The nurse also said about Accutane that "alcohol doesn't affect the drug"? That's not my understanding. There used to be warnings all over the place recommending that you not consume alcohol at all when on Accutane, or at least significantly reduce your alcohol intake. This doesn't run toward alcohol affecting fat storage, but neither did the nurse's comment. He just said "alcohol doesn't affect the drug." I don't believe that.

I totally understand that you don't want to go off the drug before you have to, and neither do you want to endanger your future children (once you start trying to conceive), but I personally wouldn't find the information from this nurse particularly reassuring. Not to say that he was wrong, just that he didn't come off as being very expert in this area, to me.

Are you going to be in Seattle for FIRST's conference? I think that would be the best place to ask the question, of how Accutane and Soriatane differ on this issue. I'll see if I can have any luck getting it on the agenda ahead of time.


[This message has been edited by Laura Phillips (edited October 10, 2006).]
Posted by: Laura Phillips

Re: Accutane Long-term Side Effects - 06/19/01 07:08 PM

Okay, this was really buggin me, so I went out to Roche's site and read the full prescription info for both Accutane and Soriatane.

Much to my wondering eyes, NO mention of alcohol was made in the Accutane materials.

However, in the Soriatane materials, the following appears: "Females of reproductive potential should also be advised that they must not ingest beverages or products containing ethanol while taking Soriatane and for 2 months after Soriatane treatment has been discontinued. This allows for elimination of the acitretin which can be converted to etretinate in the presence of alcohol. " And later: "Alcohol intake can cause Soriatane to be changed into a related drug, etretinate, which may not leave the body for many years."

Also, the Accutane literature said you could donate blood within a month of stopping Accutane. Soriatane says you have to wait three years. (Same for pregnancy--wait a month for Accutane, 3 years for Soriatane).

So, seems to me like there must indeed be some significant chemical difference between Accutane and Soriatane (though I'm still not smart enough to have found exactly what the difference is). However, based just on the above factors, seems like I would still choose to take Accutane and not Soriatane (how is it safer when Roche's materials make it sound like alcohol effects Soriatane but not Accutane)?

I think I'm more confused now than ever. [img][/img]

Don't listen to me, Lisa Marie! I don't know what I'm talking about!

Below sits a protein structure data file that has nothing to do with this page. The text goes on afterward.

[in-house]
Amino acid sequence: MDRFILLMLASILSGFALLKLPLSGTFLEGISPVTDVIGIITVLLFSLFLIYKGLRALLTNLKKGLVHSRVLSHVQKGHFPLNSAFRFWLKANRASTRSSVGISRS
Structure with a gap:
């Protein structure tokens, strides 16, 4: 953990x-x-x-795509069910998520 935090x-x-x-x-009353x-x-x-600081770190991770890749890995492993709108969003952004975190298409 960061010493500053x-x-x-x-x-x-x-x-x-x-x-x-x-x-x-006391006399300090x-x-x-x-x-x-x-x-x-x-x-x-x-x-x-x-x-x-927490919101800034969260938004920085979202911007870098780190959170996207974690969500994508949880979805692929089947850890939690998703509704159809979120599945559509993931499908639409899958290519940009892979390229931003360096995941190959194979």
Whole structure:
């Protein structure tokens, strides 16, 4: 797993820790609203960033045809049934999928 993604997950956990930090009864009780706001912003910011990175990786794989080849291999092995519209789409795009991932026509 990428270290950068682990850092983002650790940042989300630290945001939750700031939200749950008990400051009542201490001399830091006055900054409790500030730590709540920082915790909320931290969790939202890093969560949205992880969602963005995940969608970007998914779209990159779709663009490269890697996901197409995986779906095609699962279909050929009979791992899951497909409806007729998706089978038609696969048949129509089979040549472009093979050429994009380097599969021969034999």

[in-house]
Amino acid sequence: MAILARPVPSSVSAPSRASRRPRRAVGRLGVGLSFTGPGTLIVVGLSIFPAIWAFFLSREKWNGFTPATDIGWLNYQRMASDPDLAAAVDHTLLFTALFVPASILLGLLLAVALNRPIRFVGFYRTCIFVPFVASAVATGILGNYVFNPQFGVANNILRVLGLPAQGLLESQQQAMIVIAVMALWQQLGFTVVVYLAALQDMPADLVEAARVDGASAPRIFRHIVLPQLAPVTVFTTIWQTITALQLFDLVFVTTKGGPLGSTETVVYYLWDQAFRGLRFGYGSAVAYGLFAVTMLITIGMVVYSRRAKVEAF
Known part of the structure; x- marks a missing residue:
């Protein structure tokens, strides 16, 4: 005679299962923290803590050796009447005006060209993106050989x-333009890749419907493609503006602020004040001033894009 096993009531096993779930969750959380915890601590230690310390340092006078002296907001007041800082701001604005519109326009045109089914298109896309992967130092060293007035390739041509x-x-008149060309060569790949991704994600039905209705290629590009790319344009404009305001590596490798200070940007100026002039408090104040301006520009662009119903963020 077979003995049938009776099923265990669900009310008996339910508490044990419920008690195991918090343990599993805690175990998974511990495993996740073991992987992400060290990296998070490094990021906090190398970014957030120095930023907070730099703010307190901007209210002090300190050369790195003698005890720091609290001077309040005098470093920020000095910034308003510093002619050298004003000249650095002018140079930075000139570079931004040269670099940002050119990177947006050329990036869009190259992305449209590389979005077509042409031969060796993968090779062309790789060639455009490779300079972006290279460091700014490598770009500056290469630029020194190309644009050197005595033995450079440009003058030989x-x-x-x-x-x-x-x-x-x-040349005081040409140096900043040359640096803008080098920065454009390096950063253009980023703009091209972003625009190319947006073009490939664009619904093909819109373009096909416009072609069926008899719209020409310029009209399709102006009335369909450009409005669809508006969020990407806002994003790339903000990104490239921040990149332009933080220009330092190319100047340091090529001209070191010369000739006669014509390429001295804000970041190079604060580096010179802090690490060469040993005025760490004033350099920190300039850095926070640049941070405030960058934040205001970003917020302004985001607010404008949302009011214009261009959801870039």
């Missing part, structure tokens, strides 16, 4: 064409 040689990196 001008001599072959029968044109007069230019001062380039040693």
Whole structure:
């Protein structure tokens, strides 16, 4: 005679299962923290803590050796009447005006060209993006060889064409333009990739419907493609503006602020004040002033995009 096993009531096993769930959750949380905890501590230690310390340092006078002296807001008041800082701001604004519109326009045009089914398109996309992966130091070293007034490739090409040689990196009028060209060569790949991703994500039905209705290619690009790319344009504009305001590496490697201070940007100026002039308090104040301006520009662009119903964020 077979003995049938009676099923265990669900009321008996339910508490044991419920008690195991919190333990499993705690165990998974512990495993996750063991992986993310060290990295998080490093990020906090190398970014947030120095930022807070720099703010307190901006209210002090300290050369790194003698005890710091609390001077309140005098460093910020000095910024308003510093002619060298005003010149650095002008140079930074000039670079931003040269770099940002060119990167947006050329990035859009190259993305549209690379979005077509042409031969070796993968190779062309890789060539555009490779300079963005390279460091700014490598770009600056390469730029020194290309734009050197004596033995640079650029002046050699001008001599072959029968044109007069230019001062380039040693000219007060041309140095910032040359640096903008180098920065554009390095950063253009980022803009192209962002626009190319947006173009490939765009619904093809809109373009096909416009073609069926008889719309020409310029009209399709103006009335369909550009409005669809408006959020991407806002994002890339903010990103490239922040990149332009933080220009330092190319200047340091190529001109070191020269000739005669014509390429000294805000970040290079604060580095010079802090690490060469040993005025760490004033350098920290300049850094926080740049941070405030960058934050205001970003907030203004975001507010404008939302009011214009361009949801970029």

[This message has been edited by Laura Phillips (edited June 19, 2001).]
Posted by: Lisa Marie

Re: Accutane Long-term Side Effects - 06/20/01 10:56 AM

I've decided to go off Accutane for now. I have never been off it in 13/14 years, so I think it's time.
As for Roche - they told me that Accutane isn't affected by alcohol and that I only need to be off it one month before I try and conceive. The papers that were sent to me didn't say anything about alcohol at all.
As for Soriatane - it stays in the body forever somehow. My doctor told me I would never be able to conceive then because it would definitely harm the baby. I could only take it after I'm finished having children. Something to that effect.
I'm curious and very nervous to see how my skin becomes without the medicine, but I think it is for the best.
Thanks for all your advice.
Posted by: Laura Phillips

Re: Accutane Long-term Side Effects - 06/20/01 12:13 PM

Well, clearly, most lay people have a hard time distinguishing Accutane from Soriatane (count me in!). Somehow Soriatane, maybe just because it's newer, has the reputation as being "safer" than Accutane (some kind of improvement over Accutane).

I'm wondering if Soriatane isn't really meant to be an improvement over Tegison (and actually have much more in common with Tegison). Roche took Tegison off the market. Tegison was etretinate, which is fat stored in the body for ages (I don't remember what the half-life is, but the thinking was that women who ever wanted to have children shouldn't take Tegison as no one really knew for sure how many years it would take for the etretinate in your body to degrade to a low enough level not to effect your baby...if ever). Roche's materials and that study refer to Soriatane being metabolized as etretinate in the presence of alcohol (essentially, your body would convert your Soriatane into Tegison). Maybe that's what your doctor was linking together when he said that woman shouldn't take Soriatane if they ever wanted to have children (assuming that the overwhelming majority of people do consume some alcohol, however little that might be).